Slips, trips and falls can frequently occur on small business properties, but owners can avoid many such accidents if they exercise their duty of care to their entrants, which includes both employees and patrons. The following are basics that apply to businesses in Georgia and across the U.S.
Since business owners are the ones who are inviting others on to their property, those entrants have the right to a reasonably safe environment. This means an environment free of hazards like cracked pavement, debris, loose handrails, torn carpeting and poorly lit stairwells. When a hazard presents itself but cannot necessarily be “repaired,” such as a floor that has just been mopped, then owners are required to put out signage warning against it.
Owners will, therefore, need to pay for maintenance, inspections and repairs. They are encouraged to keep records of all preventative measures, too, in the event that someone files a premises liability claim. Employees should be trained on identifying and addressing hazards. In addition, owners are required to have premises liability insurance.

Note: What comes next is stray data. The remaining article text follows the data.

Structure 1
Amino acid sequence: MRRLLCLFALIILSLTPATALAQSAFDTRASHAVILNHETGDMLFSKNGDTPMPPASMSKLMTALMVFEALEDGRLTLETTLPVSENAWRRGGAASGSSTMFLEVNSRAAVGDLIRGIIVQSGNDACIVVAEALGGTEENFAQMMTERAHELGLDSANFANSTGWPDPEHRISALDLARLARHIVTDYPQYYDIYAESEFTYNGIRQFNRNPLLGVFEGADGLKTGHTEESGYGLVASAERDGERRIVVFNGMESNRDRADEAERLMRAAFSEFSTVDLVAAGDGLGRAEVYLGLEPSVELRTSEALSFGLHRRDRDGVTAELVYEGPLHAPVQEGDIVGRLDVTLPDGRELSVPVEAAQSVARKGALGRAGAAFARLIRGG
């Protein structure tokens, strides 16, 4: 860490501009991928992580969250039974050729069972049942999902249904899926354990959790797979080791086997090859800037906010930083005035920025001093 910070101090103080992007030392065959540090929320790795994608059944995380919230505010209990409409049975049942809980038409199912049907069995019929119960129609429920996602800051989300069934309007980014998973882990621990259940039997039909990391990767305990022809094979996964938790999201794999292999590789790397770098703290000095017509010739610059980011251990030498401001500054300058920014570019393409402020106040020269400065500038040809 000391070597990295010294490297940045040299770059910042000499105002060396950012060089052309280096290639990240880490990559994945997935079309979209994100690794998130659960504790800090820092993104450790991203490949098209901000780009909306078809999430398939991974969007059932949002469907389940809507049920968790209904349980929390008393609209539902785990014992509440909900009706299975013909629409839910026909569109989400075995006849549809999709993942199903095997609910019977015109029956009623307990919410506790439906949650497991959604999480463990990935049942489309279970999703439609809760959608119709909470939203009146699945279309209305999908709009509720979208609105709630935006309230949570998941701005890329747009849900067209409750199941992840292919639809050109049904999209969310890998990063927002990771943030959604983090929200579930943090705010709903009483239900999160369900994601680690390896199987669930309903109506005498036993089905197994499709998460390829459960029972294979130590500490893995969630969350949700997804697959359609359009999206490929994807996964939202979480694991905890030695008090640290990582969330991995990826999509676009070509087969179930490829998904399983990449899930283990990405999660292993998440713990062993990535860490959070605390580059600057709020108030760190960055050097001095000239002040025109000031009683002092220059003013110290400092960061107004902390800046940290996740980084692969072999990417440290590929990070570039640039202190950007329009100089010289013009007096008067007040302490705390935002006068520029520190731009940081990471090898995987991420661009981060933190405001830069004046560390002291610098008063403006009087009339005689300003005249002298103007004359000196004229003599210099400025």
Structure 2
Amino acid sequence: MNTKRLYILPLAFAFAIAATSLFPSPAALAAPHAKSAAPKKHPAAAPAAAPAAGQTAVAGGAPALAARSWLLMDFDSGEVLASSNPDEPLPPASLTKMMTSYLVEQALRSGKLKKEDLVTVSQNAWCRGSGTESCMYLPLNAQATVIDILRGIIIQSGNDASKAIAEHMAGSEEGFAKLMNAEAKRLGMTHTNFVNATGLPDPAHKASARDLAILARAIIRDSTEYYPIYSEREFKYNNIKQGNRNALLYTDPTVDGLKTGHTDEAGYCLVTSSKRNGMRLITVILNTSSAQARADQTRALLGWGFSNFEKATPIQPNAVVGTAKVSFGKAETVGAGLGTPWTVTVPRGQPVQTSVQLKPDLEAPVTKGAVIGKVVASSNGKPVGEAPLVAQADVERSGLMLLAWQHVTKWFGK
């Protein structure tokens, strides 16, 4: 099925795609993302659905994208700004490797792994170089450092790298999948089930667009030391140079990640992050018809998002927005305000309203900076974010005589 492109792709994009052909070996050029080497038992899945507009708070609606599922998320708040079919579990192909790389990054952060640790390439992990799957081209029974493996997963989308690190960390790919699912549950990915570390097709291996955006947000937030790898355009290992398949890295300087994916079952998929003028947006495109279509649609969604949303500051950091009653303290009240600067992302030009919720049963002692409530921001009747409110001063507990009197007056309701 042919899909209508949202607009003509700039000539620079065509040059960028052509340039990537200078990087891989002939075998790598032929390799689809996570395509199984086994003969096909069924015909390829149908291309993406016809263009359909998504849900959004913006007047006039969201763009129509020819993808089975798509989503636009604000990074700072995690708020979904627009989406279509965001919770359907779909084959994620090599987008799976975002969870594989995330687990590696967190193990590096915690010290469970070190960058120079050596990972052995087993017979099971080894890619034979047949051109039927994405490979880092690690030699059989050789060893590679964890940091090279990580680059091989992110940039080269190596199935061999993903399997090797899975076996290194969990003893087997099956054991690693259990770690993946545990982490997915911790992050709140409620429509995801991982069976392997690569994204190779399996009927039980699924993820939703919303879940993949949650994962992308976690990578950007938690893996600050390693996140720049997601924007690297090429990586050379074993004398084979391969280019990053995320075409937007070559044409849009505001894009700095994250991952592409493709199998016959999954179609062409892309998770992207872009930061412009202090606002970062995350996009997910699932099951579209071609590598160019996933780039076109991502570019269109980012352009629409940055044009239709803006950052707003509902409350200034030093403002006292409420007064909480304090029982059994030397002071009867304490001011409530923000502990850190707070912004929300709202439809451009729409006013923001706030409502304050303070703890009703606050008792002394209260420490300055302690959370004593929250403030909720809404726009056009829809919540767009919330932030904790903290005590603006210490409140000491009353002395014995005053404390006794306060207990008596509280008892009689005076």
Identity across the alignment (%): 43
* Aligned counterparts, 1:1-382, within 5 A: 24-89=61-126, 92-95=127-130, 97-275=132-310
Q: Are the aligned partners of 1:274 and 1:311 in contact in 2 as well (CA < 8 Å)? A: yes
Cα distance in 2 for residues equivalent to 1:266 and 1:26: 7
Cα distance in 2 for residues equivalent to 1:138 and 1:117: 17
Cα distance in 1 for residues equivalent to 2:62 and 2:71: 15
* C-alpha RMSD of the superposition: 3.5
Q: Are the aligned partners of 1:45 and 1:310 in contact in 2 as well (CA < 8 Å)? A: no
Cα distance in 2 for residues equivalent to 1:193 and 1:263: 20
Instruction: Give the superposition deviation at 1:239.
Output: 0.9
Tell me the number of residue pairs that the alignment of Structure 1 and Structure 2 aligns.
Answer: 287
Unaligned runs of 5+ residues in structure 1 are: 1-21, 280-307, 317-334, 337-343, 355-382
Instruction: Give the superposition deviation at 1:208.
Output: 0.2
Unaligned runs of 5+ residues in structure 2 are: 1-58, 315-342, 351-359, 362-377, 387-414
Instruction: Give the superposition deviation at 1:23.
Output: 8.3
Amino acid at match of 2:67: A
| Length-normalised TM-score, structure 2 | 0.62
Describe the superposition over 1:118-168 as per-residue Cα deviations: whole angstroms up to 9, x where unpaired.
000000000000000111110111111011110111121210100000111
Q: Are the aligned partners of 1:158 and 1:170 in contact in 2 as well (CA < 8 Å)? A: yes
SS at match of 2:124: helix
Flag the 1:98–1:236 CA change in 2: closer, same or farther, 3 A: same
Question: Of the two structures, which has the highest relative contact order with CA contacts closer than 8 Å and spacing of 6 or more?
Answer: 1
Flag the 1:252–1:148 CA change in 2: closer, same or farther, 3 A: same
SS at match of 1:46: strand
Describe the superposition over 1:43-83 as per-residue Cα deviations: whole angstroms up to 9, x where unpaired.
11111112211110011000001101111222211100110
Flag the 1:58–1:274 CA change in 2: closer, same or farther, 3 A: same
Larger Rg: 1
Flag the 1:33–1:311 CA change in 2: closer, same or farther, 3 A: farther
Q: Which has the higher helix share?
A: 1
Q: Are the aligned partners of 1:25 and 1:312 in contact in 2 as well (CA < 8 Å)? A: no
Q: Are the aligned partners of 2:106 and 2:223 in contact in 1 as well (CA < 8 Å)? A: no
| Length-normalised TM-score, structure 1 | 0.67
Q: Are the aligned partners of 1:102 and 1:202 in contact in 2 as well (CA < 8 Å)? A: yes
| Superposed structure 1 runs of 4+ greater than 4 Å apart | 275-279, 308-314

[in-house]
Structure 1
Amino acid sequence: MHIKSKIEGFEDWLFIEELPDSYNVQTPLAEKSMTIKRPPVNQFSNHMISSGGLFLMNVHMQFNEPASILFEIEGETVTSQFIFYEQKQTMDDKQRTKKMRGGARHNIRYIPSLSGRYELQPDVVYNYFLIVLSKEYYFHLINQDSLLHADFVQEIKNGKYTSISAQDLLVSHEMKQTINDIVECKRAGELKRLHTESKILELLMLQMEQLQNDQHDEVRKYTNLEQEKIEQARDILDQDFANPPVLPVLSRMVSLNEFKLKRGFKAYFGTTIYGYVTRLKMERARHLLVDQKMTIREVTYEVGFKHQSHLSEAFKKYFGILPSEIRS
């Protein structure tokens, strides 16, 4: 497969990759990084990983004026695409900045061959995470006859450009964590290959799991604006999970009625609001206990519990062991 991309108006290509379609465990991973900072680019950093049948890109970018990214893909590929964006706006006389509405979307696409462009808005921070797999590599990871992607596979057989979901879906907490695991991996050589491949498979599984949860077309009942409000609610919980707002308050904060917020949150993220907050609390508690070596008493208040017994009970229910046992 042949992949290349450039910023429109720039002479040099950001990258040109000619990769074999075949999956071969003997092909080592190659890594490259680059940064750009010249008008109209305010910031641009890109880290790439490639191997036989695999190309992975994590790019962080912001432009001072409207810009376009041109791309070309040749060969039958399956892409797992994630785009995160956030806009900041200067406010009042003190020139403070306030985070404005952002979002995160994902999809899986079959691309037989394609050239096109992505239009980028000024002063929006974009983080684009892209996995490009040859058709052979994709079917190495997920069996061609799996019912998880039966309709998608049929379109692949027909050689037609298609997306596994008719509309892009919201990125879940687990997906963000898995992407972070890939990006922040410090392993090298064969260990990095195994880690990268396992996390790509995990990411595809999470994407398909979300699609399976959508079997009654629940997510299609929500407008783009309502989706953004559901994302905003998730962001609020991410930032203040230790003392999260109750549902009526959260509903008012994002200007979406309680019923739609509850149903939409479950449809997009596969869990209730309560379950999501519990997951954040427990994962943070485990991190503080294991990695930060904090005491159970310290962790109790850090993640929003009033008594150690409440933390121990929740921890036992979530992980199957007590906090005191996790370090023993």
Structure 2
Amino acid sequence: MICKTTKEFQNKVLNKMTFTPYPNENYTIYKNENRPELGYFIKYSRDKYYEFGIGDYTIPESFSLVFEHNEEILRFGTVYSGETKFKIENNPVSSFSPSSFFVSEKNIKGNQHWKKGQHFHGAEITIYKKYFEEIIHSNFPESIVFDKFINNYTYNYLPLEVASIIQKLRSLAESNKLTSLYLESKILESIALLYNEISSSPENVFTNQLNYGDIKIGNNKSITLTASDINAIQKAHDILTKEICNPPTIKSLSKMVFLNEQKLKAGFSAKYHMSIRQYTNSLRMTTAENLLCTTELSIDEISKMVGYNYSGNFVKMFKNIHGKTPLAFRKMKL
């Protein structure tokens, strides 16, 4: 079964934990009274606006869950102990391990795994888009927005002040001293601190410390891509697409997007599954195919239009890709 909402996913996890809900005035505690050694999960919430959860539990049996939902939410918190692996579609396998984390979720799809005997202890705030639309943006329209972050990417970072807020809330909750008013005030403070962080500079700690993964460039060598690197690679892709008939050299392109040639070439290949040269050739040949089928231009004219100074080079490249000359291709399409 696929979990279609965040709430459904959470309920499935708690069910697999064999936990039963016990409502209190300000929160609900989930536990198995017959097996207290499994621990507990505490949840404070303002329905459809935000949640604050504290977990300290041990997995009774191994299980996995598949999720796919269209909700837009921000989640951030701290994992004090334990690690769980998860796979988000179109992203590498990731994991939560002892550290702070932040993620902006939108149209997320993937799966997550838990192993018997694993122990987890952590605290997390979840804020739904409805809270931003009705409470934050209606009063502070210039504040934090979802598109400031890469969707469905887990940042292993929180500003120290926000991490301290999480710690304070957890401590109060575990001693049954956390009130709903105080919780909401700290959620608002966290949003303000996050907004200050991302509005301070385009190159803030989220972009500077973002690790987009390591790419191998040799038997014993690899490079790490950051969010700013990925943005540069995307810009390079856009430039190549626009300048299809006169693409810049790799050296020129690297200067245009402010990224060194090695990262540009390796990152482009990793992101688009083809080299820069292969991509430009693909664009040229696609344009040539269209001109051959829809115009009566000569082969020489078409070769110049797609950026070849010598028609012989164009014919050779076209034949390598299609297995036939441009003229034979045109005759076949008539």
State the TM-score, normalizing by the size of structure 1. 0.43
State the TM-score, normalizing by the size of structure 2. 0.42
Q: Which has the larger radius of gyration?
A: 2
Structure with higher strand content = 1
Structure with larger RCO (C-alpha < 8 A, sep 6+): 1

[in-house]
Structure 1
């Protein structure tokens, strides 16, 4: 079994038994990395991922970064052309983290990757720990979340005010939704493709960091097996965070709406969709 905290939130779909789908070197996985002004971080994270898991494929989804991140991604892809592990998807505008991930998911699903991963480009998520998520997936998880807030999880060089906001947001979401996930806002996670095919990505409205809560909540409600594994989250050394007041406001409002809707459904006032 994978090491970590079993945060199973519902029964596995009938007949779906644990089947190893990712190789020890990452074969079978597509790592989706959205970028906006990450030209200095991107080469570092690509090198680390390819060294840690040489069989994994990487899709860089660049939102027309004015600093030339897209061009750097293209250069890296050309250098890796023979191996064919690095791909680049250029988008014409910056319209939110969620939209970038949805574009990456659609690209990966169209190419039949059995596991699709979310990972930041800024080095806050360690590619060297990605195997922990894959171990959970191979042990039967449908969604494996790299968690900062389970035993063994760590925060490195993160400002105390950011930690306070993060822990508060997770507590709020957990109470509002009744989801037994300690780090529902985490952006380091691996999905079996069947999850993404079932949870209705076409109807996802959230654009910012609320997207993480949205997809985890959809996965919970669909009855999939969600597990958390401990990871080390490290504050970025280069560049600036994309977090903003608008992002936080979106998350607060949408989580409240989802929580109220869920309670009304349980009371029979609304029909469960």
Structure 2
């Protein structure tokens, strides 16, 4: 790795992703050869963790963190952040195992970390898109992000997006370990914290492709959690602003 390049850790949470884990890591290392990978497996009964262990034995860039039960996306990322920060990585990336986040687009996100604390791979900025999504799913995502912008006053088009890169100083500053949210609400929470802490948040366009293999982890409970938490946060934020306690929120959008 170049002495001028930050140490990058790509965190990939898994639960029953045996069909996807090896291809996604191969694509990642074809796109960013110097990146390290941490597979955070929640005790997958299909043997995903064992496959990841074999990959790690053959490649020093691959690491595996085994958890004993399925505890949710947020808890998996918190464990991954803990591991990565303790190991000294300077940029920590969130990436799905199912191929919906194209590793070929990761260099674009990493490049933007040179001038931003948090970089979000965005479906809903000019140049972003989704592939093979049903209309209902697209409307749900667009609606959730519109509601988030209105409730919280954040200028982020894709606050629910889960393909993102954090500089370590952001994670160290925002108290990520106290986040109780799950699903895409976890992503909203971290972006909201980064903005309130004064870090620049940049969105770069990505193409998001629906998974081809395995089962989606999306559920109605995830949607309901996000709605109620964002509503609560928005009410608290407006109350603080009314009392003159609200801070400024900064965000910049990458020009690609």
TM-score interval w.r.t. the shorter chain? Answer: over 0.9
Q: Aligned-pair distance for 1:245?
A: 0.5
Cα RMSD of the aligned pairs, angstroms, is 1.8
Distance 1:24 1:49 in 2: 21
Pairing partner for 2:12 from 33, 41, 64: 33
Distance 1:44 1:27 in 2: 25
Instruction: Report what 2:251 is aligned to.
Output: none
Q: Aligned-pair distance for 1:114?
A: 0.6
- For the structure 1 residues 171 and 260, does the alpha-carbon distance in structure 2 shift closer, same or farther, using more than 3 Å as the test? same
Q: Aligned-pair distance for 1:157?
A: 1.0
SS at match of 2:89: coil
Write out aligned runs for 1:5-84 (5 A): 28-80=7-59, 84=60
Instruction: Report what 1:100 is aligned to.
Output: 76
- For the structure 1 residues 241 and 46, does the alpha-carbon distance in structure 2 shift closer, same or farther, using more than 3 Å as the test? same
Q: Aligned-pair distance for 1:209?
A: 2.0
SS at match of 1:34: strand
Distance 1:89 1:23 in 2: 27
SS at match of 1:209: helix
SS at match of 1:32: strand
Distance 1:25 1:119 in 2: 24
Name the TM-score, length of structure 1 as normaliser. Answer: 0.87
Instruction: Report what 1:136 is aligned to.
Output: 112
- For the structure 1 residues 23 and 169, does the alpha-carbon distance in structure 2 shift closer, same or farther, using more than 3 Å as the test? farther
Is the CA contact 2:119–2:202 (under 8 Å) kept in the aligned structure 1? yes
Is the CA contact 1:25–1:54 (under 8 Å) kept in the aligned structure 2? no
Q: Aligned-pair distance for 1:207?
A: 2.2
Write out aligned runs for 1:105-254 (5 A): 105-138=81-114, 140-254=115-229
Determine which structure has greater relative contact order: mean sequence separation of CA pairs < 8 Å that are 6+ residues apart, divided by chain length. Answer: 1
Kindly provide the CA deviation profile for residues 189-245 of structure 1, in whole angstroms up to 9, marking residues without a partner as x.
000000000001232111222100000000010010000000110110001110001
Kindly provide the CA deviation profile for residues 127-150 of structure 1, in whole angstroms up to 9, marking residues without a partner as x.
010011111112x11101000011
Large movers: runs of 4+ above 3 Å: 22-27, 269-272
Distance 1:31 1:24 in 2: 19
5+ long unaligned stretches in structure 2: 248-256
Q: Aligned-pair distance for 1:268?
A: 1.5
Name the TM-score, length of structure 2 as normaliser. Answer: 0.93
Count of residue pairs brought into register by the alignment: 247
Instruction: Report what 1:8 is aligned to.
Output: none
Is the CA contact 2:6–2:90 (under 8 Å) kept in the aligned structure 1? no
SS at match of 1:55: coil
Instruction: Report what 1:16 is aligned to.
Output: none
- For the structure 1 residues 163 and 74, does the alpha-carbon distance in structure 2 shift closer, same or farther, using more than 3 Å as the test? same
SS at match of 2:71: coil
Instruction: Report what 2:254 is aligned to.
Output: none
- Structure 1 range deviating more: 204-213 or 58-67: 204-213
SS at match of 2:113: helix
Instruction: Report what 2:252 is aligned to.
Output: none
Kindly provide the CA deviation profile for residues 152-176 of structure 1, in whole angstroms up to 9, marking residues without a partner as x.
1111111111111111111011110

When failure to take reasonable steps results in an injury, owners may have to face a claim and cover the victim’s medical expenses, lost wages and other losses. Owners can only be held responsible, though, if they knew of a hazard and were given sufficient time to fix it.
In cases where a lawful entrant is injured in a preventable accident at a business or someone’s home, he or she may be eligible for compensation under premises liability law. However, it may be good to hire a lawyer for the filing process. The negotiation process can be especially tough without a lawyer since the legal representatives on the other side will likely be aggressive in denying payment. A lawyer might hire investigators and other third parties to strengthen a case before heading to negotiations.